Health Service Sexism – A Father’s Power of Invisibility

David Germon by David Germon Additional Needs

David Germon

David Germon

Husband, Dad and trainee special needs expert.

After a few weeks in the main hospital, Lydia has been well enough to be transferred to our local hospital where some nights we can have our community carers to come and sit with her overnight while we go home and sleep.

This happened last weekend and we were home for all of 2 and a half hours before the Registrar, nurse and carer weren’t coping with her needs and we were called back in at 1am.

The evening on the weekend isn’t great in here as there are no consultants around and the Reg isn’t quite up to making the required calls.

They’re very nervous about her.

As we arrive, we are out of the cubical and in high dependency with everybody at panic stations.

The room is full of anaesthetists, physios, registrars and nurses (all female) but Lydia is all settled – she basically had some secretions move in her chest and block her breathing, it’s not worth a panic, you just get it moved out with movement and suction.

Hi Mum

We are given a breakdown of the situation as we arrive, then they ask my wife questions and hang on every word she says – as they should, she is absolutely awesome at what she does.

However, anything I add seems to blow away with the wind as their gaze returns to my wife or something else before I even finish my sentence. Maybe its all in my head

So, what do you think has happened Mum? Why would she have done what she’s done tonight? – that’s ok, she is a good person to ask.

We both agreed anyway, she needed more physio input than she’s getting, something we said previously but had been ignored.

So, a discussion begins about the physio input and they’re all asking my wife again.

Like any good team, my wife and I tend to have more expertise in different areas and physio is usually my area mainly so as all the questions are given to my wife, she turns to me and asks what do you think regarding what we should do about physiotherapy?

I had barely finished speaking about what we should do over the next few hours before the lady anaesthetist chimed in with “WELL MUM KNOWS BEST WHEN IT COMES TO PHYSIO”!

I look at her thinking…. Have you just been through a tough divorce or something? Is there something about the male opinion that is made null and void by testosterone? – it’s not the main issue right now so I try to ignore it.

In comes the consultant

She has been called in from home to see Lydia too and gets an update from the other professionals and seems to see that there was a bit more of a panic than was required too.

She eventually came over, squatted down looking directly at my wife and completely away from me despite being sat next to her. She asks the same question, so Mum, what do you think happened?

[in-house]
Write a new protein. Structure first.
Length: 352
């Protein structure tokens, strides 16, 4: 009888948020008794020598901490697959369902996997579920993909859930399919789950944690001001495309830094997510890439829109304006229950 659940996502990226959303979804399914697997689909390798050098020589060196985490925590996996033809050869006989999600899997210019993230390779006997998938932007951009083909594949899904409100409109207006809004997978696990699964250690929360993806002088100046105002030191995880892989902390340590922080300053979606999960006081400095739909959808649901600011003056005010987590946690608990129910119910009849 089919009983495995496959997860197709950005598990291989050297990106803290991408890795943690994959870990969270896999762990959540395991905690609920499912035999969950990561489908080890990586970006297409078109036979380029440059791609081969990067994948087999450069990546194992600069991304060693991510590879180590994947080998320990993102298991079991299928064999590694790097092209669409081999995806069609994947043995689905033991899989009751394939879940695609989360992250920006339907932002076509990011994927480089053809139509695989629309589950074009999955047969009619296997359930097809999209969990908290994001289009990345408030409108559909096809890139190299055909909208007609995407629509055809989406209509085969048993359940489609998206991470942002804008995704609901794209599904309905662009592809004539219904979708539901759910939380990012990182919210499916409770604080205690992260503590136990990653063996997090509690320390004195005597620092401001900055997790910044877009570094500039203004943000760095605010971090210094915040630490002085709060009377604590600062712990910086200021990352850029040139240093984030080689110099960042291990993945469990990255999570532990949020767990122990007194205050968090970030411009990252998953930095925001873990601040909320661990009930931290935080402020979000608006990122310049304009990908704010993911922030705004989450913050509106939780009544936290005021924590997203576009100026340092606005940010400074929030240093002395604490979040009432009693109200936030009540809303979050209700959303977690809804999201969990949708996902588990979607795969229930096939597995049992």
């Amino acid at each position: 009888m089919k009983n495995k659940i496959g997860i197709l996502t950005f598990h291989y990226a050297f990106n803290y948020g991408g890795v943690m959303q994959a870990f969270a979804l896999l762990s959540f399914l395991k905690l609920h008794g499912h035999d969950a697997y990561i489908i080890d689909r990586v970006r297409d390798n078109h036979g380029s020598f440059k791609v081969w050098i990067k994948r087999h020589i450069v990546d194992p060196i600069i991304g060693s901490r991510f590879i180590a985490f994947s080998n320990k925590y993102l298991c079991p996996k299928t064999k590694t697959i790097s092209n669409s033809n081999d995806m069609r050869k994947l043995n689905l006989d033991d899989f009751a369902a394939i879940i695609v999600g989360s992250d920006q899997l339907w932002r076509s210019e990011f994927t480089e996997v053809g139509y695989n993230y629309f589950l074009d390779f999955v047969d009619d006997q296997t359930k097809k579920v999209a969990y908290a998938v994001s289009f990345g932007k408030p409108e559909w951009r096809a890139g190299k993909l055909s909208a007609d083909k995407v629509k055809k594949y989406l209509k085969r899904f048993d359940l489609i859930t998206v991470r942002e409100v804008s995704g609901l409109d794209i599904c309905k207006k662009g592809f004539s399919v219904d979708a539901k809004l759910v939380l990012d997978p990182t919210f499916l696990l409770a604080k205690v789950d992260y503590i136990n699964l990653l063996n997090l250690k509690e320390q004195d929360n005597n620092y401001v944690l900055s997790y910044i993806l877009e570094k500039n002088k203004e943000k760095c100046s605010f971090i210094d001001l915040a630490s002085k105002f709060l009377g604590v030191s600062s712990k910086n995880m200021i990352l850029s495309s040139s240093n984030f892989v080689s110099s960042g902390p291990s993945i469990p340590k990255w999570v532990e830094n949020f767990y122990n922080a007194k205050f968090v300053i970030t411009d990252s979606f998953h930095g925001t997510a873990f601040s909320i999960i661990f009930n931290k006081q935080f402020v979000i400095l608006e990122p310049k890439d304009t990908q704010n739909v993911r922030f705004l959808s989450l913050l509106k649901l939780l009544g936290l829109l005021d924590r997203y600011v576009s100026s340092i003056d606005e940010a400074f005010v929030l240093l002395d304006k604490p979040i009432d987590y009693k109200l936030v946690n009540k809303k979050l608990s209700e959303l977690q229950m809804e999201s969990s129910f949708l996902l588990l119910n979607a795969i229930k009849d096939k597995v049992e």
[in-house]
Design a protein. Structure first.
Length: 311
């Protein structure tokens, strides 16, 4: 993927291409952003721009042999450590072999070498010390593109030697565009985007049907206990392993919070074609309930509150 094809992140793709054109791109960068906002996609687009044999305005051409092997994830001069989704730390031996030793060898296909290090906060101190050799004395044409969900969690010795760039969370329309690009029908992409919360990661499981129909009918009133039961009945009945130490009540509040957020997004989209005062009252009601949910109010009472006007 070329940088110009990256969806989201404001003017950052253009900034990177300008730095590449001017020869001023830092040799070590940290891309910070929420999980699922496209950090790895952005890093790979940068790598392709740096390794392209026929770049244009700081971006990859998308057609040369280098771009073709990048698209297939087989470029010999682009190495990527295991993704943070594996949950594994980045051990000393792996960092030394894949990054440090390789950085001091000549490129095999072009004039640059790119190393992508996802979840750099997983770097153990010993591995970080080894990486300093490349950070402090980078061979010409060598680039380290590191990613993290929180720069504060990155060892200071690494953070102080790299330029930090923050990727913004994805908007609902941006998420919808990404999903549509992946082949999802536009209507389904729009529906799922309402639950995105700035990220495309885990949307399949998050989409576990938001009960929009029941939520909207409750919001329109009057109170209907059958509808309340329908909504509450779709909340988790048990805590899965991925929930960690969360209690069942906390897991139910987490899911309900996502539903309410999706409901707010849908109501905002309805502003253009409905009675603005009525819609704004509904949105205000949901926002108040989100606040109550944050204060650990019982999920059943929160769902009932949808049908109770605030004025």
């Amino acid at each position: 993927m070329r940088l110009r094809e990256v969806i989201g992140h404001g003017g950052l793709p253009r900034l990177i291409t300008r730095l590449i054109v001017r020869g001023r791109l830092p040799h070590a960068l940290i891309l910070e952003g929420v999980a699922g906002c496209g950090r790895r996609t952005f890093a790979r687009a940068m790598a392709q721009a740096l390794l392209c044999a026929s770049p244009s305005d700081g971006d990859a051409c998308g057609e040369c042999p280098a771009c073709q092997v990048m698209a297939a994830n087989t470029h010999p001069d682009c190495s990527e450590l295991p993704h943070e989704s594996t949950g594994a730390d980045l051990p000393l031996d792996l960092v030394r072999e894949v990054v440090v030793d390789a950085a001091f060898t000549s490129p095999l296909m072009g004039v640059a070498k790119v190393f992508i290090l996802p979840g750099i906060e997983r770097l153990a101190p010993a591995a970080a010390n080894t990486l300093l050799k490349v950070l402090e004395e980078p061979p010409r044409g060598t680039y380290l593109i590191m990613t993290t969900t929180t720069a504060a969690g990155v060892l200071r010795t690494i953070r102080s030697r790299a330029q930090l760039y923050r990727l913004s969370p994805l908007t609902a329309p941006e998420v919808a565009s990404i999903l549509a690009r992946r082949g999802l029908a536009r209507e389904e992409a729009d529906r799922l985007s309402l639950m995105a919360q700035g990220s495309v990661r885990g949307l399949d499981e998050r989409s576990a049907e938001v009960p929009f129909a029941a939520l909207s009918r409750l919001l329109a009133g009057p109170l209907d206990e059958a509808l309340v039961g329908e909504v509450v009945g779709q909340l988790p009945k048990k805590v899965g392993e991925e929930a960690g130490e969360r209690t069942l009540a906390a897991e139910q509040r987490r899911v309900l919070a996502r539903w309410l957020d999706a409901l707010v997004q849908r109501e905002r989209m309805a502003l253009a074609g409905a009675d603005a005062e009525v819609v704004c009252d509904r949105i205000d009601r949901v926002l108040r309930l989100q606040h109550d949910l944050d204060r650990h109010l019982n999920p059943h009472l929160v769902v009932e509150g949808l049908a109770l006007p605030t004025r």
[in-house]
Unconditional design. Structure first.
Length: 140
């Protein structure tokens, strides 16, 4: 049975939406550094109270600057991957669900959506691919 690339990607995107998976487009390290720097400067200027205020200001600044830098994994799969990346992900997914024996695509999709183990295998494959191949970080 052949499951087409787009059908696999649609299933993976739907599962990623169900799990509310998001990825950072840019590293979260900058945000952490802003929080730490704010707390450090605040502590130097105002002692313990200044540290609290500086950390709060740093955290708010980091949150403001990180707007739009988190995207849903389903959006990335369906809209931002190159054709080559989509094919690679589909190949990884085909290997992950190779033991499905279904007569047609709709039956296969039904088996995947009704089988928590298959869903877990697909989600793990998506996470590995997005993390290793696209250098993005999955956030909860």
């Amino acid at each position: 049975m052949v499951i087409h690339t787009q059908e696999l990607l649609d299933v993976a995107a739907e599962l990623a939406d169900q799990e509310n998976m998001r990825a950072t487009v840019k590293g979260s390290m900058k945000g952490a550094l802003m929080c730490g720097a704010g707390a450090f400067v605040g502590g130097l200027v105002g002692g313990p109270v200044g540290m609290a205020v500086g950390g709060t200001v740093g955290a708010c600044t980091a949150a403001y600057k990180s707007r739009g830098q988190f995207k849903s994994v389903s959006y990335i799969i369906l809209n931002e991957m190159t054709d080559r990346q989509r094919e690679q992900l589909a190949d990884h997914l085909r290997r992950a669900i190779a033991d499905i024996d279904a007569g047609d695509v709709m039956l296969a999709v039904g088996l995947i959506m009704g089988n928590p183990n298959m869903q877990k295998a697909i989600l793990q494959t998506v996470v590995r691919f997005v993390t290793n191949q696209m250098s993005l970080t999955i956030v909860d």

I’m starting to get the picture now.

They don’t seem to recognise what they’re doing despite the fact my wife is almost constantly rebounding their questions toward me as she values my input but again, each time I speak I get a polite glance as I say something but once I’m finished it’s as though I disappeared again and what I said was spoken in Cantonese.

This is something many fathers have told me about and some even stay away from the wards because they can’t cope with being ignored by the professionals when they’re in the hospital while they hang on the Mothers every word.

Those men who are no longer in a relationship with the mother often cease to even be treated like the child’s father – It all leads to asking; why do many health professionals look at Fathers in this way?

Dads not around

Maybe that’s the first excuse that comes to mind – most Dads work and aren’t as involved, etc, so Mum is the go-to person.

To be fair, many of the nurses and doctors know us well and they know just how involved, trained and capable I am as well as my wife and so they pay attention to what we both say and the people I mentioned above were new to us.

So, the first problem is, don’t assume, the Dad may be just as involved as Mum like I am.

The other issue is that even if Dad does work and isn’t involved as much – he is a caring parent and he still knows the child better than you do.

He is still an expert and he is the one that will give his time, sweat, blood, bone marrow or vital organs for the child.

He’ll run through brick walls and turn into the Dad from Taken if anybody tries to harm them.

That’s why he goes to work in the first place…. Because he cares – don’t treat him like a nobody.

This experience of being called out of bed at 1 am, rushing into the car and racing down to the hospital all to be treated as though I wasn’t in the room reminded me of what it was like when we were first in the hospitals and I had that invisible cloak.

Don’t ignore Dad, he knows his children in a way that nobody else does or ever will, that’s why a Mum and a Dad are always needed to produce them -God’s design for the perfect team!


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